And the old product will simply adapt to the new market conditions, which will themselves expand because capitalism is so wasteful.  It's silly to suppose that an expanding capitalist system is going to produce a static clientele for energy needs.
              Damn near everyone I know with capital, from Goldman Sachs to local drug dealers are doing fine. I am far more worried about capitalism's excesses than I am about its health.
              The means of profit, by which Goldman Sachs and the local drug dealers make their money, are based on bubble economies which aren't sustainable.  Goldman Sachs has the government print money for it, and the drug dealers need a war on drugs to keep prices high.  "Robust" would mean something other than bubble economies and Ponzi schemes amidst a four-decades-long decline in the global growth rate.  Once again, Jason W. Moore's essays explain all this in greater detail -- or if you want the simpler version, try David Harvey.
              Coal is going under because natural gas is cheaper.
              Coal is not going under.

              "We could run the grid on unicorn farts, but if consumption levels remain the same, Gaia will still lose the ability to support many species, including hominids." --Michael Donnelly

              by Cassiodorus on Sat Nov 30, 2013 at 07:14:51 PM PST

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              •  Think (0+ / 0-)
                And the old product will simply adapt to the new market conditions
                The "new market condition" is "you are too expensive for the market." The old producers go out of business.
                The means of profit, by which Goldman Sachs and the local drug dealers make their money, are based on bubble economies which aren't sustainable.
                I agree. I would still refer to capitalism as robust due to the tendency of people with capital to enthusiastically engage in capitalism.
                Coal is not going under.
                From the US Energy Information Agency, via Forbes:
                EIA analyzed the horse race between gas and coal under five scenarios reflecting variations in cost and supply of the two fuels. While coal is recovering ground in the short term, EIA found, coal loses in the long term as coal plants retire.

                “In all five cases, coal-fired generating capacity in 2025 is below the 2011 total and remains lower through 2040, as retirements outpace new additions of coal-fired capacity,” according to “Competition between coal and natural gas in the electric power sector,” a newly released section of EIA’s 2013 Energy Outlook, which the agency releases in parts.

                Coal is losing now to natural gas, and improvements in collection of renewables will only hasten coal's demise.
                •  Think again. (0+ / 0-)
                  The "new market condition" is "you are too expensive for the market." The old producers go out of business.
                  How do you know?  You've started out from a presupposition that has yet to be proved, and probably won't be proved.  The capitalist system's energy needs are voracious, and there will be new oil fields as the Arctic ice melts.
                  I would still refer to capitalism as robust due to the tendency of people with capital to enthusiastically engage in capitalism.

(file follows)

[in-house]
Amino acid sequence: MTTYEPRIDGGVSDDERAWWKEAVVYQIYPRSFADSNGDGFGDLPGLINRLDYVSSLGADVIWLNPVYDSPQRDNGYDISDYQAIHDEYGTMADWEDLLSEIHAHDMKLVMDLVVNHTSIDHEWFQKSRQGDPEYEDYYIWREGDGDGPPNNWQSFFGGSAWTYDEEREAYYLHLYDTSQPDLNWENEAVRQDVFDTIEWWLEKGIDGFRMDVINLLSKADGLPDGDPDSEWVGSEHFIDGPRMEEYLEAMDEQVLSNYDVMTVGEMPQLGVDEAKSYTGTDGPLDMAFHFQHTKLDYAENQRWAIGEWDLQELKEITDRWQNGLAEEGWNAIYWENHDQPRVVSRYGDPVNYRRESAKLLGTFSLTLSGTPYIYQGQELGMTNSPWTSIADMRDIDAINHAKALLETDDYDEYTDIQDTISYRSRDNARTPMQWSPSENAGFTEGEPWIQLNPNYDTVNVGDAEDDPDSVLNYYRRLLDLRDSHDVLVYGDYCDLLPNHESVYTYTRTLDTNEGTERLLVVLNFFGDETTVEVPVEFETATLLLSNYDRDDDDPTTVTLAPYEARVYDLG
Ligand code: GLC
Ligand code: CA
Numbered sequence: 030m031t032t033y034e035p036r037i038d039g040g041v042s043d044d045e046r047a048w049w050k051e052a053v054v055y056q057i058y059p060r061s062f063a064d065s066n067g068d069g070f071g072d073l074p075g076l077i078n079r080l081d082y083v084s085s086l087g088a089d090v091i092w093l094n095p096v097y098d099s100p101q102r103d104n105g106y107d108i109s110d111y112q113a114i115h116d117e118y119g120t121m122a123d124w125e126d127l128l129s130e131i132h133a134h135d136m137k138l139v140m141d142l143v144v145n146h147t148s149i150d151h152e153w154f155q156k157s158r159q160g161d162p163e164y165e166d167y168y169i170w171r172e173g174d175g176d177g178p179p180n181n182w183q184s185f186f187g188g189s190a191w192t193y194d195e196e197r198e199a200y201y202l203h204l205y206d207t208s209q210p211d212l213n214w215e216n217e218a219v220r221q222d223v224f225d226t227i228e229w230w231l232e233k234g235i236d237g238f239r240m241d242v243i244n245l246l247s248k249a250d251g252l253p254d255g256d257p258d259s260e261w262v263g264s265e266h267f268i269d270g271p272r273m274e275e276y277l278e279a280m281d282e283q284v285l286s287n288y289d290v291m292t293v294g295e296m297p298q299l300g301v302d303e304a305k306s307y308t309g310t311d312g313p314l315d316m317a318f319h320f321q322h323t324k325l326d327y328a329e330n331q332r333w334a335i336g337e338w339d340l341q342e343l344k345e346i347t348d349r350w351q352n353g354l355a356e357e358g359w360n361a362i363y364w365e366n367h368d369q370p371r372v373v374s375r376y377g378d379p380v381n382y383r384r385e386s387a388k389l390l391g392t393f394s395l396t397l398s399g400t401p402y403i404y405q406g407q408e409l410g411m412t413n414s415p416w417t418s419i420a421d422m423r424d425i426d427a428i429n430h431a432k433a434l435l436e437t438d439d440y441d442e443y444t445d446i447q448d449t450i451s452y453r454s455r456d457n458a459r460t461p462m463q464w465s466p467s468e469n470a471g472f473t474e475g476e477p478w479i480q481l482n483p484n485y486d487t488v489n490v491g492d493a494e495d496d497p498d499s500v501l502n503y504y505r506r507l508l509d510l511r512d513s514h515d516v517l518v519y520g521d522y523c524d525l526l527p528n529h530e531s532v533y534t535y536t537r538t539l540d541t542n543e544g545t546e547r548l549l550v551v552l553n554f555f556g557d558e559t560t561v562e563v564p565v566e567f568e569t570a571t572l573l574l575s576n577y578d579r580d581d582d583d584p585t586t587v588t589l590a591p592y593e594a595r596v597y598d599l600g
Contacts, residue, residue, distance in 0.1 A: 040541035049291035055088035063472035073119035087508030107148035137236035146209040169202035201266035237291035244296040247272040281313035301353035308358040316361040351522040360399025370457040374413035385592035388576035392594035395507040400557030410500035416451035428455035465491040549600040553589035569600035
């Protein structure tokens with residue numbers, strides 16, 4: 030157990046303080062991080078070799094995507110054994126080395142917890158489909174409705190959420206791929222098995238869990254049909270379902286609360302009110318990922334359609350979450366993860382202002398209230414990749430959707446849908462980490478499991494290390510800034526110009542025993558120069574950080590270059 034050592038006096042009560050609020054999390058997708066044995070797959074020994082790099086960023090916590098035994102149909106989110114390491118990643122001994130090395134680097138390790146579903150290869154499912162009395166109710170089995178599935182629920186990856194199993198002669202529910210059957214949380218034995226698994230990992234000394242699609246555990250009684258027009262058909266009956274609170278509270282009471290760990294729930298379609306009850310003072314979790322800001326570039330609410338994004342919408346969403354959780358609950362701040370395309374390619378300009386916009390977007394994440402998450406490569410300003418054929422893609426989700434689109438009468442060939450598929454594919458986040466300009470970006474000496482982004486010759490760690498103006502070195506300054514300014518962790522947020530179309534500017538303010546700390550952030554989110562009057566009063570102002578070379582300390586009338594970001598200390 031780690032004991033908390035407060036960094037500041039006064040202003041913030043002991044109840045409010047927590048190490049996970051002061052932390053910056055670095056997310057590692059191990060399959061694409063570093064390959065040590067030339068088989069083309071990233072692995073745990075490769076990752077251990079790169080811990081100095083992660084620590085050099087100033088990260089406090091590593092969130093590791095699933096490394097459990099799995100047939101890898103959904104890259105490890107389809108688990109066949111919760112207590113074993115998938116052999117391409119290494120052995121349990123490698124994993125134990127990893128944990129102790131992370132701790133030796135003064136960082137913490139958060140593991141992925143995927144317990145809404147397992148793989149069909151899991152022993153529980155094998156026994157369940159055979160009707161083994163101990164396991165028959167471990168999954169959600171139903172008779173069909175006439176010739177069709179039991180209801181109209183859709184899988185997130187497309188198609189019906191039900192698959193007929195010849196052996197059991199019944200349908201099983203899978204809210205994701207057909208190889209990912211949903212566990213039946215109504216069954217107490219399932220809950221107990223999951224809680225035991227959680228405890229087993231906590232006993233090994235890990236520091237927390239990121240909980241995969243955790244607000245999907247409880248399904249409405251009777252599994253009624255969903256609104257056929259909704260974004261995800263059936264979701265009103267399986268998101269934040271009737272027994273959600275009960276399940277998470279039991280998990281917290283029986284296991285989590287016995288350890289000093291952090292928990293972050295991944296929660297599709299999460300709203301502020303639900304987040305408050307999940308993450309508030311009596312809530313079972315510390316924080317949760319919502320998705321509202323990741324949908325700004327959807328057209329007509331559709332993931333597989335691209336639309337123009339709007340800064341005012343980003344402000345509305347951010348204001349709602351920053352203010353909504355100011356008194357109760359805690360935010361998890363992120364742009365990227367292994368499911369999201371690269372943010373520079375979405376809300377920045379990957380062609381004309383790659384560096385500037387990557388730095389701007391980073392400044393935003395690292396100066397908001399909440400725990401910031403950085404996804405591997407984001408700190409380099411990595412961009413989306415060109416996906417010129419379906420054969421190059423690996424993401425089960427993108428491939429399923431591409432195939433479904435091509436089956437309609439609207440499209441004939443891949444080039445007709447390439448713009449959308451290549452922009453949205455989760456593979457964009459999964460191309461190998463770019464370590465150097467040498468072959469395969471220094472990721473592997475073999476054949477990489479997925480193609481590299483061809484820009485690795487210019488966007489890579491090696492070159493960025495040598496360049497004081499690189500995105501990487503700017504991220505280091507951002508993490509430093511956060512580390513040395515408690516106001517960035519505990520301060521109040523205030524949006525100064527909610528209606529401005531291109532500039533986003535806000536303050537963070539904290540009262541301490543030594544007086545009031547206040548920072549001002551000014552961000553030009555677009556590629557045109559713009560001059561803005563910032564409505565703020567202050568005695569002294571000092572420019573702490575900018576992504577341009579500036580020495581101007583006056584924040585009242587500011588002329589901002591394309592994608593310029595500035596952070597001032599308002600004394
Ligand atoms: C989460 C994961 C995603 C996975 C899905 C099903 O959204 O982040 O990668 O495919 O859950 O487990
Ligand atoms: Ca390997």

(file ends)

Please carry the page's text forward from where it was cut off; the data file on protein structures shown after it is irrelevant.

Never mind the profit or growth rates.
                  Coal is losing now to natural gas
                  This is in all likelihood a temporary setback.  

                  "We could run the grid on unicorn farts, but if consumption levels remain the same, Gaia will still lose the ability to support many species, including hominids." --Michael Donnelly

                  by Cassiodorus on Sat Nov 30, 2013 at 09:04:38 PM PST

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                  •  How do I know? (0+ / 0-)

                    I don't know.

                    I hope. I have what I consider pretty good reason to hope - what I was told by a bunch of world-class scientists and engineers in extensive conversations.

                    The Forbes quote agrees with what I have seen from a variety of sources about coal v. natural gas. Do you have information suggesting this is a "temporary setback," or merely an overwhelming urge to contradict me?

                    •  You have offered information about coal (1+ / 0-)
                      Recommended by:
                      JesseCW

                      in ONE country.  Are the mines being shut down permanently, or just until the boom in shale gas and tar sands subsides?  Has China stopped using coal?  The Chinese economy runs on the basis of 70% coal, and they open new coal-fueled energy plants there every day.

                      "We could run the grid on unicorn farts, but if consumption levels remain the same, Gaia will still lose the ability to support many species, including hominids." --Michael Donnelly

                      by Cassiodorus on Sun Dec 01, 2013 at 05:21:00 AM PST

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                •  That's why the fight is on to build coal (1+ / 0-)
                  Recommended by:
                  Cassiodorus

                  export facilities on the West Coast of the US.

                  Coal is losing to Natural Gas because frackers are being allowed, with few restrictions, to destroy our aquifers.  That's nothing to cheer about.

                  "I read New republic and Nation/I've learned to take every view.." P. Ochs

                  by JesseCW on Sun Dec 01, 2013 at 07:12:42 AM PST